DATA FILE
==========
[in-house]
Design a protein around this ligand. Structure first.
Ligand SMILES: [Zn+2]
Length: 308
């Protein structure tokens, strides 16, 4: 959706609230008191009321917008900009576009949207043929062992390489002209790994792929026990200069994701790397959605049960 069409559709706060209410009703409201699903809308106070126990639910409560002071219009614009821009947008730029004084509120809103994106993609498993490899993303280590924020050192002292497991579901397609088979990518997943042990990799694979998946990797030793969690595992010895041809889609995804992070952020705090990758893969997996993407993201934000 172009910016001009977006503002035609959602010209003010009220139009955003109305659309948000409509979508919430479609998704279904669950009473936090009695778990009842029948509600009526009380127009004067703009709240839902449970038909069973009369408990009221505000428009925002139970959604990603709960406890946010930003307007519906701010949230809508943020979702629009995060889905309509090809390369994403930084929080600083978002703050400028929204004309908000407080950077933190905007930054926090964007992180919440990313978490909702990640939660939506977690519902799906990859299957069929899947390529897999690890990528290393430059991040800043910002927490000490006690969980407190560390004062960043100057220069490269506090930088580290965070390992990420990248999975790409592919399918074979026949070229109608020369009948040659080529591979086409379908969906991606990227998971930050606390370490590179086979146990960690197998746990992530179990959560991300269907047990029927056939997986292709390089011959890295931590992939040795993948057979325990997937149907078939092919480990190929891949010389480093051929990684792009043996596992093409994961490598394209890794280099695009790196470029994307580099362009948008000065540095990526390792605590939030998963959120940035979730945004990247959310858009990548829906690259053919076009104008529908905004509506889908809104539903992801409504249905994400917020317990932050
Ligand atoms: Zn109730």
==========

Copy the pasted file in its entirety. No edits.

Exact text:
[in-house]
Design a protein around this ligand. Structure first.
Ligand SMILES: [Zn+2]
Length: 308
């Protein structure tokens, strides 16, 4: 959706609230008191009321917008900009576009949207043929062992390489002209790994792929026990200069994701790397959605049960 069409559709706060209410009703409201699903809308106070126990639910409560002071219009614009821009947008730029004084509120809103994106993609498993490899993303280590924020050192002292497991579901397609088979990518997943042990990799694979998946990797030793969690595992010895041809889609995804992070952020705090990758893969997996993407993201934000 172009910016001009977006503002035609959602010209003010009220139009955003109305659309948000409509979508919430479609998704279904669950009473936090009695778990009842029948509600009526009380127009004067703009709240839902449970038909069973009369408990009221505000428009925002139970959604990603709960406890946010930003307007519906701010949230809508943020979702629009995060889905309509090809390369994403930084929080600083978002703050400028929204004309908000407080950077933190905007930054926090964007992180919440990313978490909702990640939660939506977690519902799906990859299957069929899947390529897999690890990528290393430059991040800043910002927490000490006690969980407190560390004062960043100057220069490269506090930088580290965070390992990420990248999975790409592919399918074979026949070229109608020369009948040659080529591979086409379908969906991606990227998971930050606390370490590179086979146990960690197998746990992530179990959560991300269907047990029927056939997986292709390089011959890295931590992939040795993948057979325990997937149907078939092919480990190929891949010389480093051929990684792009043996596992093409994961490598394209890794280099695009790196470029994307580099362009948008000065540095990526390792605590939030998963959120940035979730945004990247959310858009990548829906690259053919076009104008529908905004509506889908809104539903992801409504249905994400917020317990932050
Ligand atoms: Zn109730």